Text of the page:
Friday, 19 February 2016

Dark Film Review – Perfect Sense (2011)

Dark Film Review – Perfect Sense (2011)

Review Written By Casey Douglass



I find myself in a little bit of a quandary. I really want to talk about Perfect Sense in-depth but on the other hand, I don’t want to provide lots of spoilers for a film that really truly rewards a first viewing in ignorance. I’ve decided to reign myself in and only treat this like a normal review, rather than a deep analysis. Maybe I will write that later, seems like a shame to waste the 5 sides of A4 I covered with notes.

Perfect Sense follows the story of Susan (Eva Green) and Michael (Ewan McGregor), two unhappy people that find each other just as the world starts going to shit. Michael is a chef, Susan is an epidemiologist. He works in a restaurant near Susan’s home, she works in a lab trying to get to the bottom of a strange condition that is beginning to manifest in people. Both have baggage, both have their jobs affected as globally, things go from bad to worse. They find though, that they have each other, and dare I say it, this makes them happy, some of the time.

To say much more than that would be too spoilerific sadly. While the film is a love story, it is one with a difference, one that doesn’t gloss over everything with a Disneyesque sheen of dreams being fulfilled and two lovers eating apple pie as the rain hits their window. Perfect Sense is a film about two self-labelled arseholes finding each other and growing into each other as society slowly goes down the drain. Even the very opening moments of the film give a great illustration of the tone: a voice-over saying “There is darkness, there is light...” and then we see Susan spit over the edge of a bridge. The film doesn’t stand on ceremony that’s for sure. The viewer gets to spend time with both characters separately, but this slowly changes as they first interact via shouting through open windows and generally gravitating into each other’s lives.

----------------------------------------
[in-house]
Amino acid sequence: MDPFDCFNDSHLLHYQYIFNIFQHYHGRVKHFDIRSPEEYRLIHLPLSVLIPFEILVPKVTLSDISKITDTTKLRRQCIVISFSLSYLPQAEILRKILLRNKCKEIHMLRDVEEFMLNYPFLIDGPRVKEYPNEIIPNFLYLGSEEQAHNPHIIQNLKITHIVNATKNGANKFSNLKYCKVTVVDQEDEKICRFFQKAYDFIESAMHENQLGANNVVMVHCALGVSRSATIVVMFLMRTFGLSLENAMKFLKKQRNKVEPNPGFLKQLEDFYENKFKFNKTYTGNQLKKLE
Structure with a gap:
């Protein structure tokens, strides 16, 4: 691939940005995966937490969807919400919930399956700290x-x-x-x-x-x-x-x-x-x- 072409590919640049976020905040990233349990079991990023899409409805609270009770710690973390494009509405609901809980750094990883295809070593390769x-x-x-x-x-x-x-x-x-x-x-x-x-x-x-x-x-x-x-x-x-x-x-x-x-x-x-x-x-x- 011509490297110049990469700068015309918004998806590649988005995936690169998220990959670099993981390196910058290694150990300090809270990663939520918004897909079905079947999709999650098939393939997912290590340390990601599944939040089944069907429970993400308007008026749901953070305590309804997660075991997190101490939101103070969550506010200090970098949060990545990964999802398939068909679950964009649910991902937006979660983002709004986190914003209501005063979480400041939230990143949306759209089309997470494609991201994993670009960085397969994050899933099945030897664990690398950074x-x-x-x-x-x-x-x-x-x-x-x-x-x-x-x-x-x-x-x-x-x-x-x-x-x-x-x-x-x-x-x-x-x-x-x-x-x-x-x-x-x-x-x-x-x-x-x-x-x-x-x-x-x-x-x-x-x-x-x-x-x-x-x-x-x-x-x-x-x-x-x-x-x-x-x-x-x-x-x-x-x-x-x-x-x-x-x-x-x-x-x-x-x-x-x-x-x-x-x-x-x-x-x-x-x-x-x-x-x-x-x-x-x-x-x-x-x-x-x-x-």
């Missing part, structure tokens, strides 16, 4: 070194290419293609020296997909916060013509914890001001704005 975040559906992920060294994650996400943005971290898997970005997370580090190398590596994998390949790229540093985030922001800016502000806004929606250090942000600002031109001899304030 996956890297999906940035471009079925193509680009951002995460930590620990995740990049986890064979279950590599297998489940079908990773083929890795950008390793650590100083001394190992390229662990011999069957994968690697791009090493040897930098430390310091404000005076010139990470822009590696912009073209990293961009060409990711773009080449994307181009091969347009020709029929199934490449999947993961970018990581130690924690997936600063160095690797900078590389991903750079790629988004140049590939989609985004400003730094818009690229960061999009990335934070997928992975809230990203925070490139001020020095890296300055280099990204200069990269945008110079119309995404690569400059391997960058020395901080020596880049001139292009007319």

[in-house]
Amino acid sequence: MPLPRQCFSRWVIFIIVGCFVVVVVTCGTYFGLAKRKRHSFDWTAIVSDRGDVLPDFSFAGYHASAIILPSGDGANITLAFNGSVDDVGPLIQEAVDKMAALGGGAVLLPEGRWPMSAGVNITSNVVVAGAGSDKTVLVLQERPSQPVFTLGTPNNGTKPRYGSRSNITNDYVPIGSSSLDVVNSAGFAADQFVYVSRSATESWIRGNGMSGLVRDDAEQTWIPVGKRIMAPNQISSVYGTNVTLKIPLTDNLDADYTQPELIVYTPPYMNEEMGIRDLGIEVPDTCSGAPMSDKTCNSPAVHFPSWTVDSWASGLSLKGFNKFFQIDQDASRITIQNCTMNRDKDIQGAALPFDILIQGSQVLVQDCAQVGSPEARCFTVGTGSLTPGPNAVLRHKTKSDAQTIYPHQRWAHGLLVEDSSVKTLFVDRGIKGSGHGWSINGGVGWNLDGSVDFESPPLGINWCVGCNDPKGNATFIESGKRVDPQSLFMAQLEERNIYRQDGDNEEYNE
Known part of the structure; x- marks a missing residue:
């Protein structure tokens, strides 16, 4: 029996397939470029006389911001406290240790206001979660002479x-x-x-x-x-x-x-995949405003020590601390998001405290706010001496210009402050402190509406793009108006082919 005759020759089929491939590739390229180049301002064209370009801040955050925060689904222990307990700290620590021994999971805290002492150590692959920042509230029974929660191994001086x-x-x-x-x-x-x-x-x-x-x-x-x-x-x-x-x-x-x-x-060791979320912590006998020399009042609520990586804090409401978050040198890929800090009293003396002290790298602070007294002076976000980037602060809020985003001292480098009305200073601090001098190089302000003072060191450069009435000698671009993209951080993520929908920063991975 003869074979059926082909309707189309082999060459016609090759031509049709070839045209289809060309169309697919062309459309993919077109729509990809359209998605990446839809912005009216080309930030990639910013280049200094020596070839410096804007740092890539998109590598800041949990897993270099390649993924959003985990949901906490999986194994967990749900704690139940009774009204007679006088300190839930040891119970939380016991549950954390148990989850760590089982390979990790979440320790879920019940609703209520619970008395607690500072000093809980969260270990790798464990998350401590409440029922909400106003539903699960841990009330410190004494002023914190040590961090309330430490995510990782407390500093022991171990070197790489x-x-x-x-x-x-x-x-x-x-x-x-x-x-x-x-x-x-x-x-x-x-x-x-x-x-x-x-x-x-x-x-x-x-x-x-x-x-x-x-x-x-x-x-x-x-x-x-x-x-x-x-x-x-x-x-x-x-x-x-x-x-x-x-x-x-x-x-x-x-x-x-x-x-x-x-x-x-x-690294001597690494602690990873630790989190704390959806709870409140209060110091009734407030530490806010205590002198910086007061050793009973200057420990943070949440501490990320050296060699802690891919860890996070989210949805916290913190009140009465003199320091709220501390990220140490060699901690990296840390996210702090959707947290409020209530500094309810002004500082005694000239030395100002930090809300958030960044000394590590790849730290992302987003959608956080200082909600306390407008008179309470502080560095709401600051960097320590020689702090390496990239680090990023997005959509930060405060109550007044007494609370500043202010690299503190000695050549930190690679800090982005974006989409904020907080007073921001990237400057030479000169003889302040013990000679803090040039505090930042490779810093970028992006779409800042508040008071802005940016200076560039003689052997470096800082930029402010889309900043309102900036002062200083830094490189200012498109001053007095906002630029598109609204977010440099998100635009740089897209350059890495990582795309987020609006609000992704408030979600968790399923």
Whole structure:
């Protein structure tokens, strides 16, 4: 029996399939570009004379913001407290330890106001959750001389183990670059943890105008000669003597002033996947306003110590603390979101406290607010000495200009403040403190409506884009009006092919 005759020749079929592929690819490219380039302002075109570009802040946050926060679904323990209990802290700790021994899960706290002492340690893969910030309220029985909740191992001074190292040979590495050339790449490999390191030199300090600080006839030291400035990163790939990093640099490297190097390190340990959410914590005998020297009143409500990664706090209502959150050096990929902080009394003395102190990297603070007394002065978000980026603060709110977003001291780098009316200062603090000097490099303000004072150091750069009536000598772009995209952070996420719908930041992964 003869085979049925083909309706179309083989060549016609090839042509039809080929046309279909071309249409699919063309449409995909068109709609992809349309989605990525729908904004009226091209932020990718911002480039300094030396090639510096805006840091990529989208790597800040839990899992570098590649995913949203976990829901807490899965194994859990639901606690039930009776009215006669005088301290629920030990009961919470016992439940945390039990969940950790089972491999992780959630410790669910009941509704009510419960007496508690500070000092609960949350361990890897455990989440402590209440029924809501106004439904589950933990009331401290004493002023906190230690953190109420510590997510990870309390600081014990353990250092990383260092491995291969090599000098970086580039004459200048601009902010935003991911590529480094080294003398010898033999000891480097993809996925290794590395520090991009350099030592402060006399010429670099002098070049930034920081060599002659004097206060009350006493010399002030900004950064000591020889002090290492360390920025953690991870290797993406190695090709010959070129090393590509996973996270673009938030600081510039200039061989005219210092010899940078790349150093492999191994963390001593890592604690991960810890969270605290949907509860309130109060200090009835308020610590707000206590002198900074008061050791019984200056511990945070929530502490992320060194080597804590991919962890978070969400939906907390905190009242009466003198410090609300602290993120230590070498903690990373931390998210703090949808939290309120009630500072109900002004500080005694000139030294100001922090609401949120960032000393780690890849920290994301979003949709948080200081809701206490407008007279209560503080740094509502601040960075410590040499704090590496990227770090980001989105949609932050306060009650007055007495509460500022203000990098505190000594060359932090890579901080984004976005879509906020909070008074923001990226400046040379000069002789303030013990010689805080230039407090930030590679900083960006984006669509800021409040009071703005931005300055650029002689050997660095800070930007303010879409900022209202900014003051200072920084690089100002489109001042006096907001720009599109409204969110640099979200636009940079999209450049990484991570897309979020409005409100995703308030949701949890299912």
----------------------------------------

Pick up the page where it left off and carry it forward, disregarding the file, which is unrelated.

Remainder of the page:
The score of the film is a melodic affair, piano and violin creating a variety of moods, although most are tinged with melancholy and sadness. The other auditory aspects of the film are just as strong, sounds expanding to muffle conversation at times, or vanishing into a hissing drone at others. Again, I can’t really go too in-depth about why this makes such an impact but on seeing the film, you will hopefully appreciate it as much as I do.

Visually, the scenes are shot with a variety of camera techniques, many of the scenes given a frenetic quality by fast moving hand-cams or cameras fixed to bikes. This sense of energy certainly adds to the frenzy of the people seen on screen, whether happy, sad or rioting. The film is also not short of some very striking images, that taken as a still, would look amazing on the wall. My particular favourite is Susan locked in her car watching a rider-less police horse amble past.

What I like most about Perfect Sense though, is the relationship between Susan and Michael. It’s not neat, it’s not fairytale, but it comes across as real, and that’s the most any film can hope for. The broader situation certainly puts a strain on their interactions, both helping each other or at times, being cruel, but there is also humour in the film, which is much needed as otherwise it would have felt a little relentless. Most of the humour comes from the couple, smirking or playing games but the other light relief comes in the form of James (Ewen Bremner), another chef in Michael’s kitchen who always has plenty to say, be it conspiracy theories or inviting people to sniff his finger.


The first time I watched Perfect Sense, it felt like a sledgehammer had hit me in the chest. Few films have gripped me as tightly as the happenings in this film. In part, this is due to the nature of the disease that is affecting the world, tapping into a variety of my own phobias and fears, but also, it is because it is a love story for the disaffected, the darker-natured, more twisted viewer that thinks love is something that always happens to other people or that if it does happen, it’s more trouble than it’s worth. While the love story in Perfect Sense is far from idyllic, it made me genuinely feel that even a few weeks of what Susan and Michael had is something that would be well worth experiencing.

If you haven’t seen Perfect Sense and like darker films, do yourself a favour and watch it when the opportunity arises. In some ways, it’s scarier than most horror films. A big claim I know but one that was personally true for me at least.

As far as a rating, I give Perfect Sense an easy 5/5, no doubt about it.

You can watch the Perfect Sense trailer below:



Perfect Sense Images © Copyright Arrow Films

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